They’re not getting as much as recommended or requested, but Norwegian defense officials can at least look forward to a 20 percent increase in their budget for next year. It will help Norway meet its commitments to NATO and Ukraine, and boost security in a troubled world.
Roughly a third of the additional NOK 15 billion in defense spending will need to cover price- and wage growth, reports newspaper Aftenposten, while the other NOK 10 billion will be split between more aid for Ukraine and a strengthening of defense at home. After years of cutbacks and base closures, Norway now needs more highly trained personnel and facilities to meet new security demands after its neighbouring Russia invaded Ukraine last year.
High on the list of a defense commission, which sought at least twice what the government proposes in its new state budget, are more naval vessels and improved air defense systems. Defense Chief Eirik Kristoffersen has also issued new demands including more helicopters, but what’s most needed are soldiers and other well-trained personnel to operate everything from new fighter jets to ships, and help train Ukrainians. This weekend’s attacks on Israel further set the world on edge, as conflicts range from the Pacific to the Atlantic and in between.
The Russian missiles that killed more than 50 Ukrainians last week in a new wave of aggression have confimed the need for ongoing aid to Ukraine even as attention shifted to the Middle East. Norway has also committed more billions from its Oil Fund to help Ukraine in a manner that won’t overheat its own economy. The new state budget presented on Friday intends to tap a total of NOK 410 billion from the Oil Fund, less than the 3 percent of its total assets that’s allowed to balance the budget. Total defense spending will account for 1.8 percent of GNP, closer to NATO’s demand of 2 percent.
As concerns rise that some countries’ support for Ukraine may be waning as Russia’s war drags on, it’s not in Norway. It still ranked fifth in the world for support to Ukraine based its economic, humanitarian and military commitments, according to a new list from the Kiel Institute, behind EU organizations, the US, Germany and Great Britain.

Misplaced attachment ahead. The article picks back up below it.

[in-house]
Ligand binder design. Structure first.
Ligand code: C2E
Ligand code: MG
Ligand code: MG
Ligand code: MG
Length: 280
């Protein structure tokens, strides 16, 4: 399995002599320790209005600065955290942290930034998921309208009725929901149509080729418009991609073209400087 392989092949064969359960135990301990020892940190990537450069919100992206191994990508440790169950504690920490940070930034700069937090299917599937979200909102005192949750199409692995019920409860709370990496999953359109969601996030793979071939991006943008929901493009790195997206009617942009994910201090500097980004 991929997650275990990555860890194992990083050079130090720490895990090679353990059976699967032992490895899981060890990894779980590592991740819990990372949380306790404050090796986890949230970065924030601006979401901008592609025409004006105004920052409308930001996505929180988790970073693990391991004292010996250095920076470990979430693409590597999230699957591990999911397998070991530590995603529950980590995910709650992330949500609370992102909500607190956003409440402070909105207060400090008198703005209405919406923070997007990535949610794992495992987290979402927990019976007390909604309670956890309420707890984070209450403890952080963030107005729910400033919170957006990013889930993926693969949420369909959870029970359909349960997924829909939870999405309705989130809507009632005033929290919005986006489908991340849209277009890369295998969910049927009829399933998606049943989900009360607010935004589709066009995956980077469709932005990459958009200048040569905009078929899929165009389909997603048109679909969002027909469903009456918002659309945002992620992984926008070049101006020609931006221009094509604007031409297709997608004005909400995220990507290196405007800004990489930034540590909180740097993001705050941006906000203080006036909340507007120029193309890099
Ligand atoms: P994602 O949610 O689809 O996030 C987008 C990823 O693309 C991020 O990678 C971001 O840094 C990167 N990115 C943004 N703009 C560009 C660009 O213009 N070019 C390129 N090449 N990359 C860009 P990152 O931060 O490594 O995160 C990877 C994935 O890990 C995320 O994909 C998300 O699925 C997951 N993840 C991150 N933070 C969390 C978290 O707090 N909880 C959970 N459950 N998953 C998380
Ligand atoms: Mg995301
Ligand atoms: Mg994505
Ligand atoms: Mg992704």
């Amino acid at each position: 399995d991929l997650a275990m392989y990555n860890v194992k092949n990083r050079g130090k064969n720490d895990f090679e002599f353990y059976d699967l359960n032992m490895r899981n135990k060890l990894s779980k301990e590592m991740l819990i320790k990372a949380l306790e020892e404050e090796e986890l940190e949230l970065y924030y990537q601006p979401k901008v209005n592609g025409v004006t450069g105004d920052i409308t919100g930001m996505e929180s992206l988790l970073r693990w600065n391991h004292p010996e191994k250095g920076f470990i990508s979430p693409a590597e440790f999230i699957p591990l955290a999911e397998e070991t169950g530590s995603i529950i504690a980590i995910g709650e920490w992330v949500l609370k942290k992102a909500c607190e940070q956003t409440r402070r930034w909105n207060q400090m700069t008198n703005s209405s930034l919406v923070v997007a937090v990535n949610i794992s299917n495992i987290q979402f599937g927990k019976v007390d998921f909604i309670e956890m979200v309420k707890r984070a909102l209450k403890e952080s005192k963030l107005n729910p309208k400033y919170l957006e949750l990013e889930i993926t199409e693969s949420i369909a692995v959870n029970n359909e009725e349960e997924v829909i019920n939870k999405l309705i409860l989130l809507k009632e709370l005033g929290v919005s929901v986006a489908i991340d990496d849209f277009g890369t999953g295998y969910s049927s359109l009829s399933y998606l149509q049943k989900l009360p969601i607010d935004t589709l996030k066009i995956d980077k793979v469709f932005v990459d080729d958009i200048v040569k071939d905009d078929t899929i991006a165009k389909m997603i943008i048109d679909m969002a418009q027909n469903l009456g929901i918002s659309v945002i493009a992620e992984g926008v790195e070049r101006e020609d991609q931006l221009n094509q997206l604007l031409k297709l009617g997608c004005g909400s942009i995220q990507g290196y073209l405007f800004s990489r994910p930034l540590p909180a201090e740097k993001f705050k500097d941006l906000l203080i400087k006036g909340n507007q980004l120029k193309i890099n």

Norway is also solidifying its position as an important member of NATO, largely because of its strategic position in the Arctic, its long coastline and border to Russia. Kristoffersen recently hosted the defense chiefs from all NATO members in Oslo, newspaper VG has reported how Norwegians secretly have been training Ukrainian special forces in Northern Norway’s fjords, and Norway intends to play a leading role in shooting up satellites from its Andøya Spaceport in Vesterålen. That can literally open up a new world for both defense and business.
Newspaper Klassekampen recently reported that air defense systems will also be improved in eastern Finnmark, where Norway shares a 197-kilometer border with Russia. More soldiers are also being deployed to Norway’s garrison i Sør-Varanger, where several new border stations have been built in the Pasvik valley and Jarfjord. New observation posts and advanced electronic equipment are also in place.
Entry of Russian-registered vehicles over the border crossing at Storskog has also been restricted in accordance with stronger sanctions. Until last week it was the only border crossing where Russians with visas can enter the Schengen area in private Russian-registered vehicles, but now only buses or minibuses will be allowed into Norway. That ends several years of open crossings for both Norwegians and Russians living with a 30-kilometer radius of the border.
“I think what’s happening is tragic,” one Russian woman who regularly drove over the border to shop in Kirkenes told state broadcaster NRK. Now she can only cross on a bus that costs around NOK 700 for a round-trip ticket from Murmansk, which is expensive for many.
“There’s war in Europe, and Russia is carrying out brutal attacks (in Ukraine),” Eivind Vad Petersson, state secretary in Norway’s foreign ministry, told NRK. “Therefore Norwegian authorities, together with the rest of Europe, have imposed a wide range of sanctions againt Russia.”
Despite all this, Norway did hold a high-level meeting with Russia last week regarding various issues in the Arctic. Lt General Yngve Odlo, chief of the Norwegian defense department’s operative headquarters, met with Lt General Stanislav Vladimirovitsj Maslov of Russian FSB’s border district for the western Arctic, on board a Norwegian naval vessl in Sør-Varanger.
“The meeting was characterized by good dialogue and professionalism on both sides,” Odlo stated after the meeting. Norway and Russia had cooperated as neighbours for years on issues ranging from fishing quotas to search and rescue operations in the Arctic, and there have been concerns the war on Ukraine and sanctions would jeopardize that.
“It’s very important to still carry out such meetings to discuss challenges and agree on common goals and necessary measures for border cooperation,” Odlo said. He stressed that it’s important for both nations to hold such channels open and be able to speak together.
“That can hinder accidents and misunderstandings between Norway and Russia,” Odlo said.